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  • How safe are installed & genuine-vendor signed old drivers, specifically when attackers are spoofing Microsoft and other vendor certificates?
  • On older PCs and laptops where some components are no longer recognized by Windows Device Manager since Microsoft removes older drivers from their catalog periodically. Does this expose the device to attacks via the said component?
  • When driver is available for said old component, but you don't essentially need that component (RST, Intel ME, DriveGuard, any XYZ old tech). Is having no driver safer than installing old driver?

This is a multi-faceted question (ignoring the fact that old device hardware example CPUs with Spectre, Meltdown etc. are themselves vulnerable) hence requesting understanding of various risks at play.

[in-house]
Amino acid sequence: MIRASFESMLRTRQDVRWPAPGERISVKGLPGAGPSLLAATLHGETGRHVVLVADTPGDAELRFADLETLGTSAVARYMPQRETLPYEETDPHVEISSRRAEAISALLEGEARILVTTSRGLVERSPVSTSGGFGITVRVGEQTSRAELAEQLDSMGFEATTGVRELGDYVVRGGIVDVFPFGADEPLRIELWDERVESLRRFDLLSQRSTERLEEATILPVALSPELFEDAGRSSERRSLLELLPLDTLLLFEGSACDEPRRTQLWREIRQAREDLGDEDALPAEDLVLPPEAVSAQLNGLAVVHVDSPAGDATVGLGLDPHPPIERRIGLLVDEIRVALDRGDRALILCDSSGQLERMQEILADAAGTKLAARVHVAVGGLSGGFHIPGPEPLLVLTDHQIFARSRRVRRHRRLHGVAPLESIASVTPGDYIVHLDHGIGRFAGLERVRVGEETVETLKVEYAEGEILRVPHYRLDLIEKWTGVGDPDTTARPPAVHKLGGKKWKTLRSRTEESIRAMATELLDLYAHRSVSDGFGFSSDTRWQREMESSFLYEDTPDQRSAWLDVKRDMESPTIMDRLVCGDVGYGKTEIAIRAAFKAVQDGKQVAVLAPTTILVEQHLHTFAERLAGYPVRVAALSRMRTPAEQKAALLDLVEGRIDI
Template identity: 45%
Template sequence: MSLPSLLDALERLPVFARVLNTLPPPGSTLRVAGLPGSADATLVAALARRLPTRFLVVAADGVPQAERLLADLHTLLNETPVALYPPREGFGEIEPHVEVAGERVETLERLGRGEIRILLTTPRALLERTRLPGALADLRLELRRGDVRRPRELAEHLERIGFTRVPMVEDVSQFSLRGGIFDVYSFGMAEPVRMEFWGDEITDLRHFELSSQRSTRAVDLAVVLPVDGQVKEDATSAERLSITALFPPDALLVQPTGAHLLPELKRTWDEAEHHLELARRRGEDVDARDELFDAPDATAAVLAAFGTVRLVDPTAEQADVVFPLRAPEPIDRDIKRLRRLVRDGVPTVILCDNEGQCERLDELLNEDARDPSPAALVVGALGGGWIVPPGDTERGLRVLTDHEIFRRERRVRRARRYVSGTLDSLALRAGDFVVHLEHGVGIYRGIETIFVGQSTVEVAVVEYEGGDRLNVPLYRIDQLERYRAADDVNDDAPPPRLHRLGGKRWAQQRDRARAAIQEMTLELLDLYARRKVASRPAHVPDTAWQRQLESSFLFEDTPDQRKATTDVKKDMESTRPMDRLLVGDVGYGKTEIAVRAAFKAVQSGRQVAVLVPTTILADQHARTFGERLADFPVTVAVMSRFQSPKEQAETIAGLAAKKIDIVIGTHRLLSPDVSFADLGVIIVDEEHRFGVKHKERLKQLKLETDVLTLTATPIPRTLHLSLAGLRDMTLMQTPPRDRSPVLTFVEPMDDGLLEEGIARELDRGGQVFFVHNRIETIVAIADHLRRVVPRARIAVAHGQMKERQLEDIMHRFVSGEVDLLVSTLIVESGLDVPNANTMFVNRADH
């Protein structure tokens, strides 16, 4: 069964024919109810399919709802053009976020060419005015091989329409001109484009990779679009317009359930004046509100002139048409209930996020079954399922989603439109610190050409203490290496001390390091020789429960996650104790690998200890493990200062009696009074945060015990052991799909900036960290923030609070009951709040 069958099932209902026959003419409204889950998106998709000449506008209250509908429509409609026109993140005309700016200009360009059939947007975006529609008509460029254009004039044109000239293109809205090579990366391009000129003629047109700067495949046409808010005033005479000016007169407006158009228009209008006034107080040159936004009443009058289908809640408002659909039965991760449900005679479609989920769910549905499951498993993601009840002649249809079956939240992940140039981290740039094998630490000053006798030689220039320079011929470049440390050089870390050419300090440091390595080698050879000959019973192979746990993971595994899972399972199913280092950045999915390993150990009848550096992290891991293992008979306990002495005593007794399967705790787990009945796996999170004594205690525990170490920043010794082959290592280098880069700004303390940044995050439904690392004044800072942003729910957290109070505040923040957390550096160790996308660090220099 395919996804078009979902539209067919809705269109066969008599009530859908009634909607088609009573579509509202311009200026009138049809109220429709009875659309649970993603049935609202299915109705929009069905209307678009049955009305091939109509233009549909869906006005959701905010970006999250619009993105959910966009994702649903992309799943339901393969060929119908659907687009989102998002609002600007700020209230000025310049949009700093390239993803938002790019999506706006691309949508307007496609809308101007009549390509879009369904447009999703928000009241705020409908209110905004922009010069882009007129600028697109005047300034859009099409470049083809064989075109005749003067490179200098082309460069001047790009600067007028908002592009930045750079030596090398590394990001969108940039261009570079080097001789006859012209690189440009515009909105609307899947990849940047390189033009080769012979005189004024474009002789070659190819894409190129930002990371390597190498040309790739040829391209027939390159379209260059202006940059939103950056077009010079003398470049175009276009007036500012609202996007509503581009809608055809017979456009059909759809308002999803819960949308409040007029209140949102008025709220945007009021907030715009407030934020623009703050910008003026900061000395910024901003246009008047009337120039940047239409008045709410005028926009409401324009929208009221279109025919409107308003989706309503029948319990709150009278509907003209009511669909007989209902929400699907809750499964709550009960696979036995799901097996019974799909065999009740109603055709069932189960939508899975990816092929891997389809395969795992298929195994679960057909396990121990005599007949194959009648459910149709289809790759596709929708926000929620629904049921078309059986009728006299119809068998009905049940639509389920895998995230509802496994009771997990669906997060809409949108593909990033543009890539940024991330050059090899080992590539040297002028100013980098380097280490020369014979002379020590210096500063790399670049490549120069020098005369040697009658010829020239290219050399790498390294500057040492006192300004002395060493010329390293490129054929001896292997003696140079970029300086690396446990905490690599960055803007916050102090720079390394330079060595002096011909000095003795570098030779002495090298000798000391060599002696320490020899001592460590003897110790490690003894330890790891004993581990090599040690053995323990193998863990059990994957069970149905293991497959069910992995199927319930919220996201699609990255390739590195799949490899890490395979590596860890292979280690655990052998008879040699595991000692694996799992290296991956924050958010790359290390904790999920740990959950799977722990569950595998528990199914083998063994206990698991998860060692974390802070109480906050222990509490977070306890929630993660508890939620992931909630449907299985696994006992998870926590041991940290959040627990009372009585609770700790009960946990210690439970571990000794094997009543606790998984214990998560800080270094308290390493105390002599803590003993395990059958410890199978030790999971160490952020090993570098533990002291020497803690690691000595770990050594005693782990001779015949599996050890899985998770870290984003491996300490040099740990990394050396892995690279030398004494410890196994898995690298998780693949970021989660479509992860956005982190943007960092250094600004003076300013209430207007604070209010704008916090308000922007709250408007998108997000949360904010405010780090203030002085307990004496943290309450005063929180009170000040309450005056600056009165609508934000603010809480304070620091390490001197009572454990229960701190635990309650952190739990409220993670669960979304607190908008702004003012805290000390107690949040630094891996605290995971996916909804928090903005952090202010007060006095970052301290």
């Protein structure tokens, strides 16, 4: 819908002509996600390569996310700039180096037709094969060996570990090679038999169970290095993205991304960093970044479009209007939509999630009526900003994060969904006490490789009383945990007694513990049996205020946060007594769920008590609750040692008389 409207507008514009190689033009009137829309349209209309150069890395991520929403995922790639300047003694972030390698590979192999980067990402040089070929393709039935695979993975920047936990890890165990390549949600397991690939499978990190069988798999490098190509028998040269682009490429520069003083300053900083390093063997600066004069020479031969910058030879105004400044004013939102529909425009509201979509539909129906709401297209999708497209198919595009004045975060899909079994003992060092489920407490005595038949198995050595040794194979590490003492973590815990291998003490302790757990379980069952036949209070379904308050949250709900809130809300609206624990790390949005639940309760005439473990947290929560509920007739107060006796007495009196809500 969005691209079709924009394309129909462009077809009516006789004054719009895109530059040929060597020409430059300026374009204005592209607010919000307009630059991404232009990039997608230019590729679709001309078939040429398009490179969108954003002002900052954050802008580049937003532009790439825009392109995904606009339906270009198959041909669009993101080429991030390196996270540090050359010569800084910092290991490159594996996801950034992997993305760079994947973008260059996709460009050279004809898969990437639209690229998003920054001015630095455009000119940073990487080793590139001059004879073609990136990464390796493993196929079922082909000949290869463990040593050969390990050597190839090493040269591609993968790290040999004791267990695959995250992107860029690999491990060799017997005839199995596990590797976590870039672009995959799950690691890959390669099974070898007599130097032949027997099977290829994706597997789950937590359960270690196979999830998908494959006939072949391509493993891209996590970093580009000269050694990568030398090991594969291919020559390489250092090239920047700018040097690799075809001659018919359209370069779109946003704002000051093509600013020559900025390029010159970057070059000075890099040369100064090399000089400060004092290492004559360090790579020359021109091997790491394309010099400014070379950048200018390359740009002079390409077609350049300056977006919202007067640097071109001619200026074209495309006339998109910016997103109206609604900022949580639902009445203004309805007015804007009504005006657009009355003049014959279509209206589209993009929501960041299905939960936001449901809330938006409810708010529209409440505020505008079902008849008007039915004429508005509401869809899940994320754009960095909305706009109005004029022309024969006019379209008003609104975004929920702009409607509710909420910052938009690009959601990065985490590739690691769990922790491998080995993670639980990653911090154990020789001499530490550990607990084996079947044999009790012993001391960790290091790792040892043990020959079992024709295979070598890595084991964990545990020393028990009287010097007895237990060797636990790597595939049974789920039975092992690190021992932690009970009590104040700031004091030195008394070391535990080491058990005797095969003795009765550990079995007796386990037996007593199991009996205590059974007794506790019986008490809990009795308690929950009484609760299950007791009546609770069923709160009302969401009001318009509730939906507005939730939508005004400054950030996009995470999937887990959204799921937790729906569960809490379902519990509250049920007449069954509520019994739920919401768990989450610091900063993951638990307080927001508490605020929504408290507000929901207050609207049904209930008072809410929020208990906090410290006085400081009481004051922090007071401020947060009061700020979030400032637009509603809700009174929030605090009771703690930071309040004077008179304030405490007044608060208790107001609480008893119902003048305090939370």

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    "specifically when attackers are spoofing Microsoft and other vendor certificates" Like how? No vendor drivers still means having generic Windows driver.
    – defalt
    Commented Oct 24, 2023 at 18:51
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    seems like the answer is "yes"... but that means you can't use the device. How safe is an old driver, does it expose you to attack? Not sure those are answerable... even on a case-by-case basis. The driver is not likely to be designed to be malicious if it comes from the manufacturer, but without current testing and updates, even the manufacturer can't know. Commented Oct 24, 2023 at 23:29
  • FYI: Intel ME is actually a separate chip on the mobo, and if the firmware isn't updated can be it's own independent vulnerability even with no software installed. Even then some mobo(s) are too old and not getting any firmware updates for ME which leaves the doors wide open. You would have to completely disable ME if you can(probably in the BIOS). If you can disable it then windows won't ask for any drivers for it. wired.com/story/… 2023 mobo(s) sometimes update ME when the BIOS is updated but older ones did not.
    – cybernard
    Commented Oct 27, 2023 at 18:27

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